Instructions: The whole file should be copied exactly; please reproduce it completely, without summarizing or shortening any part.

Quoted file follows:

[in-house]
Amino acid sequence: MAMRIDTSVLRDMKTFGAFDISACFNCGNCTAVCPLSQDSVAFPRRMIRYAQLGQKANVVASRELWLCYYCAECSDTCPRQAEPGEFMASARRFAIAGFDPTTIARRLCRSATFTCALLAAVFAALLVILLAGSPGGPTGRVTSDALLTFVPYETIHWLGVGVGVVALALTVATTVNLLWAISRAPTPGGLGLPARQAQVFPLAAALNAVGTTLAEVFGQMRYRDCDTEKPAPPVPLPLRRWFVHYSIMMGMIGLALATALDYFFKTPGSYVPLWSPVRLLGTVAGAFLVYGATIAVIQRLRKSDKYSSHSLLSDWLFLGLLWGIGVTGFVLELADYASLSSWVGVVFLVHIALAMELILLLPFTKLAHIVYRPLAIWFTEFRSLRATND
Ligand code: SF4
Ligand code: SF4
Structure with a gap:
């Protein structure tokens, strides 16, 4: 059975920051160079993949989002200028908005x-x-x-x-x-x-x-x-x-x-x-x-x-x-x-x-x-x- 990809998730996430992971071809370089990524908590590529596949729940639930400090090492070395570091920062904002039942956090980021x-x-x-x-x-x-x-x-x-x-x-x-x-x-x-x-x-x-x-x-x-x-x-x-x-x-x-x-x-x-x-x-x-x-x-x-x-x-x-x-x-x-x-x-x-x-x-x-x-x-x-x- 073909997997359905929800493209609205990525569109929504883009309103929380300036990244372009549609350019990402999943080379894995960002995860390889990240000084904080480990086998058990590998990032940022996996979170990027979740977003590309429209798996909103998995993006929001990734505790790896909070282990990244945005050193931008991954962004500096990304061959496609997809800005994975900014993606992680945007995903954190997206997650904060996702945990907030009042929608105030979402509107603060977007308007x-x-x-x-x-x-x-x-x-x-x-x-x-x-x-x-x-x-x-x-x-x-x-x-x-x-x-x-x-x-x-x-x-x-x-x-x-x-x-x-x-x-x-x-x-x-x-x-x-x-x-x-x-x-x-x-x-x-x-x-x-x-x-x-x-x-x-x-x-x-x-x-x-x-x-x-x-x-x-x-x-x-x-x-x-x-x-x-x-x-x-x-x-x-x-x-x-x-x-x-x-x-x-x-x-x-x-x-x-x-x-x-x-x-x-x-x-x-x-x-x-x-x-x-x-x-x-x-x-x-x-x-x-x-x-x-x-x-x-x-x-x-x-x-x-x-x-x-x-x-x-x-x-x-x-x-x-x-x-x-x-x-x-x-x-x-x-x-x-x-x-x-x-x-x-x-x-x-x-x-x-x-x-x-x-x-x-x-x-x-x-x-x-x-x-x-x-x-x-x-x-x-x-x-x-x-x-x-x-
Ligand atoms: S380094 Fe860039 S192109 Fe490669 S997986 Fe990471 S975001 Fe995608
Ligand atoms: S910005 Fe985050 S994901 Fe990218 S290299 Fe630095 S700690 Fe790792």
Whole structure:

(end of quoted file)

[in-house]
Amino acid sequence: MAMRIDTSVLRDMKTFGAFDISACFNCGNCTAVCPLSQDSVAFPRRMIRYAQLGQKANVVASRELWLCYYCAECSDTCPRQAEPGEFMASARRFAIAGFDPTTIARRLCRSATFTCALLAAVFAALLVILLAGSPGGPTGRVTSDALLTFVPYETIHWLGVGVGVVALALTVATTVNLLWAISRAPTPGGLGLPARQAQVFPLAAALNAVGTTLAEVFGQMRYRDCDTEKPAPPVPLPLRRWFVHYSIMMGMIGLALATALDYFFKTPGSYVPLWSPVRLLGTVAGAFLVYGATIAVIQRLRKSDKYSSHSLLSDWLFLGLLWGIGVTGFVLELADYASLSSWVGVVFLVHIALAMELILLLPFTKLAHIVYRPLAIWFTEFRSLRATND
Ligand code: SF4
Ligand code: SF4
Structure with a gap:
């Protein structure tokens, strides 16, 4: 059975920051160079993949989002200028908005x-x-x-x-x-x-x-x-x-x-x-x-x-x-x-x-x-x- 990809998730996430992971071809370089990524908590590529596949729940639930400090090492070395570091920062904002039942956090980021x-x-x-x-x-x-x-x-x-x-x-x-x-x-x-x-x-x-x-x-x-x-x-x-x-x-x-x-x-x-x-x-x-x-x-x-x-x-x-x-x-x-x-x-x-x-x-x-x-x-x-x- 073909997997359905929800493209609205990525569109929504883009309103929380300036990244372009549609350019990402999943080379894995960002995860390889990240000084904080480990086998058990590998990032940022996996979170990027979740977003590309429209798996909103998995993006929001990734505790790896909070282990990244945005050193931008991954962004500096990304061959496609997809800005994975900014993606992680945007995903954190997206997650904060996702945990907030009042929608105030979402509107603060977007308007x-x-x-x-x-x-x-x-x-x-x-x-x-x-x-x-x-x-x-x-x-x-x-x-x-x-x-x-x-x-x-x-x-x-x-x-x-x-x-x-x-x-x-x-x-x-x-x-x-x-x-x-x-x-x-x-x-x-x-x-x-x-x-x-x-x-x-x-x-x-x-x-x-x-x-x-x-x-x-x-x-x-x-x-x-x-x-x-x-x-x-x-x-x-x-x-x-x-x-x-x-x-x-x-x-x-x-x-x-x-x-x-x-x-x-x-x-x-x-x-x-x-x-x-x-x-x-x-x-x-x-x-x-x-x-x-x-x-x-x-x-x-x-x-x-x-x-x-x-x-x-x-x-x-x-x-x-x-x-x-x-x-x-x-x-x-x-x-x-x-x-x-x-x-x-x-x-x-x-x-x-x-x-x-x-x-x-x-x-x-x-x-x-x-x-x-x-x-x-x-x-x-x-x-x-x-x-x-x-
Ligand atoms: S380094 Fe860039 S192109 Fe490669 S997986 Fe990471 S975001 Fe995608
Ligand atoms: S910005 Fe985050 S994901 Fe990218 S290299 Fe630095 S700690 Fe790792």
Whole structure: